James Drury and Doug McClure were playing cowboy again and relishing every minute of it.
"We're having a wonderful time," Drury said. "It's been a ball."
"We could do this all day and for another five or six years," McClure said. "This has been a joy and great fun."
From 1962 to 1971, Drury and McClure rode the range in the top-rated NBC Western "The Virginian," based on Owen Wister's classic novel. Drury starred as the laconic Virginian, and McClure was his friend, the young cowhand Trampas.
Drury and McClure are horsing around again in NBC's four-hour miniseries "The Gambler Returns: The Luck of the Draw," which stars Kenny Rogers as the devil-may-care gambler Brady Hawkes.
"Gambler Returns" marks the fourth time Rogers has played Hawkes. This time around Hawkes teams up with a feisty ex-madam named Burgundy Jones (country singer Reba McEntire) and a new partner, Ethan Cassidy (Rick Rossovich), for an adventure that takes the trio from Mexico to a high-stakes poker game in San Francisco.
Sprinkled throughout the miniseries are numerous familiar faces from classic TV Westerns, including Drury and McClure; Gene Barry ("Bat Masterson"); David Carradine ("Kung Fu"); Chuck Connors and Johnny Crawford ("The Rifleman"); Jack Kelly ("Maverick"); Linda Evans ("The Big Valley"); Hugh O'Brian ("Wyatt Earp") and Clint Walker ("Cheyenne"). Even Patrick MacNee of "The Avengers" is on hand as a British card shark.
Drury and McClure have teamed up three times since "The Virginian" left the airwaves two decades ago. "We did 'A Fall Guy' and we did a special called 'How the West Was Fun' for ABC," Drury said during a break in filming at a ranch in Valencia. "This is the first time we have had anything substantial to do."
Because the producers of "The Gambler Returns" couldn't get permission from Universal to use the names of the Virginian and Trampas, Drury and McClure are playing two rodeo owners named Jim and Doug who help Hawkes and his friends.
Drury has lived in Houston, Tex., for the past several years and has been involved in the oil/gas and real estate business. "I don't have a permanent place of residence here, but I think I will be opening one," he said. "I have a good agent. I definitely want to do more acting."
McClure, whose most recent series was the syndicated sitcom "Out of This World," has remained close friends with Drury. "We see each other at celebrity ropings," McClure said.
Repeats of "The Virginian" air on the Family Channel and in numerous countries worldwide. Drury believes "The Virginian" has remained popular because of its 90-minute format. "Our writers were able to create guest-star roles that were very interesting," he said. "They were able to attract the likes of Bette Davis and Joan Crawford and George C. Scott and Robert Redford."
Says McClure: 'I don't think it was the guest stars which kept it fresh, just our love for it, our energy and our joy doing it. I always felt I had a great thing going doing Trampas."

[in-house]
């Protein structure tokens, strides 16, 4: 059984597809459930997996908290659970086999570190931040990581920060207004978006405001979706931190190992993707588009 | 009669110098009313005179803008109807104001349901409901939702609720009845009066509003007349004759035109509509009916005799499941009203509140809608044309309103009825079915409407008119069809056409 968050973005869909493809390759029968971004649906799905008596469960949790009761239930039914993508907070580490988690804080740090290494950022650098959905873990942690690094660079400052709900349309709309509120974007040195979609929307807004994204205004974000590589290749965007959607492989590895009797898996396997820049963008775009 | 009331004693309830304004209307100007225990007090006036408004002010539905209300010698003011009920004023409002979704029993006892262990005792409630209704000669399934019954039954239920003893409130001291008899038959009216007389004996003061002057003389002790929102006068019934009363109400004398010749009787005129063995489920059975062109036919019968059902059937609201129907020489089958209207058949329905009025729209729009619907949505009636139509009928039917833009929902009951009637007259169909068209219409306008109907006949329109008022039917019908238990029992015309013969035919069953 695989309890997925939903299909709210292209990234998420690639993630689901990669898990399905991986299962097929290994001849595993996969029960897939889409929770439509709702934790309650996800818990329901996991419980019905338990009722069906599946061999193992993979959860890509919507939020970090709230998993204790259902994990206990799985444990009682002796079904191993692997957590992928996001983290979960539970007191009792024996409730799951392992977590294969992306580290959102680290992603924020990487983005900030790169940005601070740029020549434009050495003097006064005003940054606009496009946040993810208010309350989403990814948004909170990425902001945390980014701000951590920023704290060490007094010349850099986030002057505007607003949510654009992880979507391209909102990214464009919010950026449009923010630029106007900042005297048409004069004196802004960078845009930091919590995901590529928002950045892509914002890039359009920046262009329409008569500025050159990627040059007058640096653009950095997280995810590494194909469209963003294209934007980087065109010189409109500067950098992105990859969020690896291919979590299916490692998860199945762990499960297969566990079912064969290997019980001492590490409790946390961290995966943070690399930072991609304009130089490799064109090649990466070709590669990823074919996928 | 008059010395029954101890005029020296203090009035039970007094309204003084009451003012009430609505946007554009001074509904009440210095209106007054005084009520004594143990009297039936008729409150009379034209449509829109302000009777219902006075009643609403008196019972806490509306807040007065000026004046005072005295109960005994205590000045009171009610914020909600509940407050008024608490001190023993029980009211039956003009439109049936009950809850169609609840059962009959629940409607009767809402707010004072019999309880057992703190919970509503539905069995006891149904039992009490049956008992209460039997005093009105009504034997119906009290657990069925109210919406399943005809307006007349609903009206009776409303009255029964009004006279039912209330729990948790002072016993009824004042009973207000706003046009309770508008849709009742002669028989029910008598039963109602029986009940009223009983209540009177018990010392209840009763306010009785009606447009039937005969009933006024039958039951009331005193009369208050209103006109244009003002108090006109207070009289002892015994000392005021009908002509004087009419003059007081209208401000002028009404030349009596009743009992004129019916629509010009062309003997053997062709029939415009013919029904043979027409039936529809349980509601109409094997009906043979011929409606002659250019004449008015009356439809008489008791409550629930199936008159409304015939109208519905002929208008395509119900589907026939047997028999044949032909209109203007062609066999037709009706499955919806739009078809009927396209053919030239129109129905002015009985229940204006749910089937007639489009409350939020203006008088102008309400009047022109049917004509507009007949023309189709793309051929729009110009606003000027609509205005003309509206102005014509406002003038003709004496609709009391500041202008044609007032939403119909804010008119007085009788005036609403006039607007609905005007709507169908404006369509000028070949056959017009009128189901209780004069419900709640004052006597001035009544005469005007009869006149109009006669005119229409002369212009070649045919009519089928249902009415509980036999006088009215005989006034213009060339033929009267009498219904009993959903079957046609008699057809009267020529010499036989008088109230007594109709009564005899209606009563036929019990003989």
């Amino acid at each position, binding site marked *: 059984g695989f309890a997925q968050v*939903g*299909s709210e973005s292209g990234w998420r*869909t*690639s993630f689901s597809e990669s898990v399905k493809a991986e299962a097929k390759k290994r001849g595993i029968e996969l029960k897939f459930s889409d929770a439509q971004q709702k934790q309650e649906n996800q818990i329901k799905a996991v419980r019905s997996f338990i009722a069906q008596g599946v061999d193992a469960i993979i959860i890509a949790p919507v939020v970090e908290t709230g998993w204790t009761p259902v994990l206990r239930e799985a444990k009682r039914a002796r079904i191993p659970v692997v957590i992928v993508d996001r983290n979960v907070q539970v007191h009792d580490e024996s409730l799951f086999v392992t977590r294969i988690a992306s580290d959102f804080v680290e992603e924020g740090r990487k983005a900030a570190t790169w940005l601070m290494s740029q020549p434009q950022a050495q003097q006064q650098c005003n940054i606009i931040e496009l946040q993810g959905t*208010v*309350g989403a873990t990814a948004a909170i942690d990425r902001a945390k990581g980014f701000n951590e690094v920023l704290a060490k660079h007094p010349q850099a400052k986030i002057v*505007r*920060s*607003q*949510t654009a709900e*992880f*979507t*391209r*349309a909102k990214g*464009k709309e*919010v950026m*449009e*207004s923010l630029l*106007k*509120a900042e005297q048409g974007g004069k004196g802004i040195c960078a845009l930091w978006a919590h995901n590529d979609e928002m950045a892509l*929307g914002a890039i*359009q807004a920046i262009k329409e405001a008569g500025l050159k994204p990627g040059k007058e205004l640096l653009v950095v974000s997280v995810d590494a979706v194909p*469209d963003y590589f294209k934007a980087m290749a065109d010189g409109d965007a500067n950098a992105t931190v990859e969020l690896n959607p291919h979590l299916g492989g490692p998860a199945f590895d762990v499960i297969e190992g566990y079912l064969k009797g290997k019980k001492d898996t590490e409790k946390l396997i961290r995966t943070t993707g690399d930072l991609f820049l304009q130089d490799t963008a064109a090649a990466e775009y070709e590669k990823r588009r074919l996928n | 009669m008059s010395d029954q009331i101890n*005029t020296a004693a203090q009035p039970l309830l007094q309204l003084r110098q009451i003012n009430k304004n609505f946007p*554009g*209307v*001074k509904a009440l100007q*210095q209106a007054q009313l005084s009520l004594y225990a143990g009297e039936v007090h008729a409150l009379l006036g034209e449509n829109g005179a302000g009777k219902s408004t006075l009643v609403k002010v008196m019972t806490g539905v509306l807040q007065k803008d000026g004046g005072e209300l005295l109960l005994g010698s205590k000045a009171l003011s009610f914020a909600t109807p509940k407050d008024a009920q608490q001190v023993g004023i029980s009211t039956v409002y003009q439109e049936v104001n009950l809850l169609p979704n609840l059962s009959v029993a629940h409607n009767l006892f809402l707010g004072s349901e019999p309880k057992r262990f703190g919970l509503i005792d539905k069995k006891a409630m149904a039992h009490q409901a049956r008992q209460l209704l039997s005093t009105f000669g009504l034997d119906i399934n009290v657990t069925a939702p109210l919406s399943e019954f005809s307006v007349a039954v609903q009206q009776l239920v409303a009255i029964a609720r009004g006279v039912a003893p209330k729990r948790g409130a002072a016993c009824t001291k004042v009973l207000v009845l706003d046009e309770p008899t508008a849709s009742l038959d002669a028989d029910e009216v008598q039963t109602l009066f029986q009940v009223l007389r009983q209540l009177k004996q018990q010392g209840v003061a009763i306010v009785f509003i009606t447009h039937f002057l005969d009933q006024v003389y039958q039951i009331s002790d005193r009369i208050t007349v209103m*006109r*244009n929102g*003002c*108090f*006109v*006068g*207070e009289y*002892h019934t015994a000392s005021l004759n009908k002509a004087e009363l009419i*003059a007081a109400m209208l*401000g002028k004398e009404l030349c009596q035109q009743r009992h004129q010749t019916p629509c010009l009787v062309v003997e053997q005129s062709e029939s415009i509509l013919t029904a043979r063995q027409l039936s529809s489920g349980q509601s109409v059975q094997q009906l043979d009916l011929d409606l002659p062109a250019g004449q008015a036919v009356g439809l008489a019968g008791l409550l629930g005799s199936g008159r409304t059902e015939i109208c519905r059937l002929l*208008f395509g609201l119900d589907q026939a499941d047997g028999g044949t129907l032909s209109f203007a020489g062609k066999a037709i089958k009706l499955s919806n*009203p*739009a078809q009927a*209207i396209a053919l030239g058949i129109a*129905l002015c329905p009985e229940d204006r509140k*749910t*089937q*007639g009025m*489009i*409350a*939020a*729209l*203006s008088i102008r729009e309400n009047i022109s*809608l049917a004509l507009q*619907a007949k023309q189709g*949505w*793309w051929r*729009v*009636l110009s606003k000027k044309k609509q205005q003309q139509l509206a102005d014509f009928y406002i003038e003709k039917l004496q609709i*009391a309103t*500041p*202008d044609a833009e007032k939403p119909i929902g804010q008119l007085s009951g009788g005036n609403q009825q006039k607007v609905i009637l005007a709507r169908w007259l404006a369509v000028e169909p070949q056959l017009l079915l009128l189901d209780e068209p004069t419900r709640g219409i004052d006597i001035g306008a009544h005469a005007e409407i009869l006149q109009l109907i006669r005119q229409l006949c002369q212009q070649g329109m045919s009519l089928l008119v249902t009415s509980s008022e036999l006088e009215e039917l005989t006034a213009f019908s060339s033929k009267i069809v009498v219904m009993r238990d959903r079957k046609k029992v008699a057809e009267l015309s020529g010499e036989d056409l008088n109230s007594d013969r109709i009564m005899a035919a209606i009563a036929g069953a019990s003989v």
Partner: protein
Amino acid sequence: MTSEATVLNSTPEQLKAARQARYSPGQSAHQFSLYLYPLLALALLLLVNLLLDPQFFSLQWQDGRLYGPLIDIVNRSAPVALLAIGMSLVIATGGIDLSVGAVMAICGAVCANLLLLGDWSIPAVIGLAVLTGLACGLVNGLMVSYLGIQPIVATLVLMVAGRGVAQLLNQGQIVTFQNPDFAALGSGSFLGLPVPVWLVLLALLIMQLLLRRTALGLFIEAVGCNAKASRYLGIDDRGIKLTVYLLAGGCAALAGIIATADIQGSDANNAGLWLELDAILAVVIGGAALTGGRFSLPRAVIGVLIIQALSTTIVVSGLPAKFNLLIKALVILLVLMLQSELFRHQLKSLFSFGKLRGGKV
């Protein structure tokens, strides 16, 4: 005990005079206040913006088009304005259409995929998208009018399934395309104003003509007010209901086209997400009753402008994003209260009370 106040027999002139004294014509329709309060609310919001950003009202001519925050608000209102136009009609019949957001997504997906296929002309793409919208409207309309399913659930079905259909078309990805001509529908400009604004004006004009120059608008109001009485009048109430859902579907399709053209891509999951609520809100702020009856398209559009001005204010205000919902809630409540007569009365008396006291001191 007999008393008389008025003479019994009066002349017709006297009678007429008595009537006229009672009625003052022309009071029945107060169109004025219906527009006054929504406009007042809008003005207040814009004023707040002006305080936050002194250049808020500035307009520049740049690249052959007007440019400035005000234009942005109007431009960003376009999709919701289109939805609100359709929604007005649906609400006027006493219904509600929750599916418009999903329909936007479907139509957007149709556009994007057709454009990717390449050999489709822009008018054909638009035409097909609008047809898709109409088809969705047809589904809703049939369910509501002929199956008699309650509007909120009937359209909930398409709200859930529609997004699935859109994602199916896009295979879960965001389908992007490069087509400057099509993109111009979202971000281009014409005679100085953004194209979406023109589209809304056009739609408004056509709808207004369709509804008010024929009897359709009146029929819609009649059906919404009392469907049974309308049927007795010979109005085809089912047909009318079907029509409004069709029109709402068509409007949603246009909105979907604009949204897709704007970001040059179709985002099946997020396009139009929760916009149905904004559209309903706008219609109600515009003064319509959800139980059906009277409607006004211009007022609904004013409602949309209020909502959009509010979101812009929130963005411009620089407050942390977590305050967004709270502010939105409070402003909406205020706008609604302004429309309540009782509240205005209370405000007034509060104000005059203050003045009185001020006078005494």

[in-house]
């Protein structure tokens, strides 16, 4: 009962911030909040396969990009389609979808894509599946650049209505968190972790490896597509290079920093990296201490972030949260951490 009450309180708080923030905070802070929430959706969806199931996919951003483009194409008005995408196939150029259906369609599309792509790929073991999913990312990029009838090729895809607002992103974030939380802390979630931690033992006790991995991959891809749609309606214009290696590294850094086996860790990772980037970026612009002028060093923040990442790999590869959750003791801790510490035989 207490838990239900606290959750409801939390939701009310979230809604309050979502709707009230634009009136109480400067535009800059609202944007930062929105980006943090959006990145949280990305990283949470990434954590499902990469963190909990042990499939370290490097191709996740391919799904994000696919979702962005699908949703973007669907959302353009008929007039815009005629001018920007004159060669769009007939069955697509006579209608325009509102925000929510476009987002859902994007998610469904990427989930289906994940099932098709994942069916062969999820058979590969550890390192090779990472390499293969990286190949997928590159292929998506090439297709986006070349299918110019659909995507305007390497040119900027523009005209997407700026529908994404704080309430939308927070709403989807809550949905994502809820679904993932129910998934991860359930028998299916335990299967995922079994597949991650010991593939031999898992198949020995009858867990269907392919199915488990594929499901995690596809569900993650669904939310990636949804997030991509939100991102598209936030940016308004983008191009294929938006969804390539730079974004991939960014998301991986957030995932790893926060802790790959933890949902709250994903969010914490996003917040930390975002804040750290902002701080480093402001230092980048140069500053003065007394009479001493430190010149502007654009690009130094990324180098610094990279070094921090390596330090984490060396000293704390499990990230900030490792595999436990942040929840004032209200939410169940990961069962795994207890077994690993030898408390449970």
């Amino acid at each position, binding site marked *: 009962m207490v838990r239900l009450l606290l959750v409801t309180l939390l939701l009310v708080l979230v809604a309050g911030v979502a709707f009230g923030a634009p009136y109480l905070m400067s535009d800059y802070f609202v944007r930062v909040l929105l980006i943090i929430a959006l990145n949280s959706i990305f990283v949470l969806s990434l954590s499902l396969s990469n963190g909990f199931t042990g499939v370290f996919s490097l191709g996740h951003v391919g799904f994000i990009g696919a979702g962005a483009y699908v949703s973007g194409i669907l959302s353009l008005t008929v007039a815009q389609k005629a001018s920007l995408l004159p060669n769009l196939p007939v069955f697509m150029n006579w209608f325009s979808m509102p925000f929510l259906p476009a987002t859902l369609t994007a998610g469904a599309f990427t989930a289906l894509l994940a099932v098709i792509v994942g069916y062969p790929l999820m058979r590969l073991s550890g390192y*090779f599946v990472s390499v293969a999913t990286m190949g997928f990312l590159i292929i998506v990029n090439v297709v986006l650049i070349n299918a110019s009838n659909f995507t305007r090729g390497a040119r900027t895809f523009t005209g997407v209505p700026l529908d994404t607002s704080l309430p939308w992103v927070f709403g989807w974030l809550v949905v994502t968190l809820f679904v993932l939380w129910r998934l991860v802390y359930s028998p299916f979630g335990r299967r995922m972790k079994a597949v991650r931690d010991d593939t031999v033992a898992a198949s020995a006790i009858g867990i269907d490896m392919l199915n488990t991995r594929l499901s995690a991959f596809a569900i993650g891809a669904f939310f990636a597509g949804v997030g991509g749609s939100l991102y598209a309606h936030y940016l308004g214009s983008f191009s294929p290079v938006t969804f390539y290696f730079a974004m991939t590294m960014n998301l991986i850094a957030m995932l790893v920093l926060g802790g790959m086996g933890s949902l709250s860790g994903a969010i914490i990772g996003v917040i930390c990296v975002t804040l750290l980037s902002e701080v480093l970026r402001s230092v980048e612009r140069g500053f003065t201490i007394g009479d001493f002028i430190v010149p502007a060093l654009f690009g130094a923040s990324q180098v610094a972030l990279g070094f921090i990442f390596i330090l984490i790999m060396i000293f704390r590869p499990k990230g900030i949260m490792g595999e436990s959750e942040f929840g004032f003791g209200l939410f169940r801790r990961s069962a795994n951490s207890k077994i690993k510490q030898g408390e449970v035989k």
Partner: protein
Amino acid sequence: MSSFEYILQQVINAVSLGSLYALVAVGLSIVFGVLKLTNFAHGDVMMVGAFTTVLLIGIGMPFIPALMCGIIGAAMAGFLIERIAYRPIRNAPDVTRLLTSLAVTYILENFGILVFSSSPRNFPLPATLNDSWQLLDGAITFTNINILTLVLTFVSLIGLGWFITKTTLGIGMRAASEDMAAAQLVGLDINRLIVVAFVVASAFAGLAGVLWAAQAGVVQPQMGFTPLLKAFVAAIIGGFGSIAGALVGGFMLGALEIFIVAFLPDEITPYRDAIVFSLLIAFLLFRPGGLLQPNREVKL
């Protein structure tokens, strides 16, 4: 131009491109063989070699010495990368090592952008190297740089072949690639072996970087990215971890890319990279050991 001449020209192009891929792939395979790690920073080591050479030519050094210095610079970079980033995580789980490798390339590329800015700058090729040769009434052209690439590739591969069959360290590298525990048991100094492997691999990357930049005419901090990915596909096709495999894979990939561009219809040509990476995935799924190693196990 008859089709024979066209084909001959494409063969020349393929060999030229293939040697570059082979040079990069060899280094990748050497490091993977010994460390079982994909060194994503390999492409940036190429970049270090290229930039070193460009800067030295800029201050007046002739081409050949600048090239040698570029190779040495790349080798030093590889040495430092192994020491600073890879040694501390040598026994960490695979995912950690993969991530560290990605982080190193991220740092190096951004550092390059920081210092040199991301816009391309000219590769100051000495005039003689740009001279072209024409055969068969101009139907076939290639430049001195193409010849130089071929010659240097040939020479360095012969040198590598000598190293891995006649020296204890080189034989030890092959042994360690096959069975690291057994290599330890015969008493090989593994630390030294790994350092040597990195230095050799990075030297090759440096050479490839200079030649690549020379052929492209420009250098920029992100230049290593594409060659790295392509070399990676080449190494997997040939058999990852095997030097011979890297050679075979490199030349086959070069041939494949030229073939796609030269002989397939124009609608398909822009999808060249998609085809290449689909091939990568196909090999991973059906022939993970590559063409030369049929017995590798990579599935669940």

"The Gambler Returns" concludes with an elaborate poker match that pits Brady Hawkes against the likes of Bat Masterson, Maverick and even Teddy Roosevelt (Claude Akins).
"This just isn't old people who used to be known in television getting together," quipped the dapper MacNee. "It's great fun and they have written it very well. It's a very exciting poker game."
NacNee was initially set to play Bret and Bart Maverick's charming cousin, Beauregard, whom Roger Moore originated on the ABC series in 1960. "I had dinner with Roger Moore in London about a month ago and I said I was playing Beau and he said, 'You're not!' " MacNee recalled. "By the time I got back here, they had changed the name (of the character) to Sir Colin Douglas. I don't know if it had anything to do with Roger Moore. So I am playing an Englishman who beat him (Hawkes) when he came to England."
Resting in his trailer at the Culver Studios before shooting the poker game, Gene Barry said that he was getting a kick out of appearing in the miniseries. "It is great re-creating a childhood role," he said with a smile. Barry originally played Masterson, the famed lawman, Indian fighter, gambler and dandy who wore a derby and carried a gold-topped cane in the 1958-61 NBC series.
Thirty years ago, he wasn't quite as happy as Bat. "I had starred in about 10 or 11 movies (including 'The War of the Worlds')," he said. "Then they called me about playing Bat Masterson. It turned my life around in that it made me very, very popular in most of the world. But it made me known as a character. I didn't want to lose my own identity. As Bat was growing, I was losing Gene. I think it bothered me psychologically and I became withdrawn. Eventually it closed after 118 episodes and I went on to other things."
"The Gambler Returns: The Luck of the Draw" airs tonight and Monday at 9 p.m. on NBC; "The Virginian" airs Saturdays at noon on the Family Channel.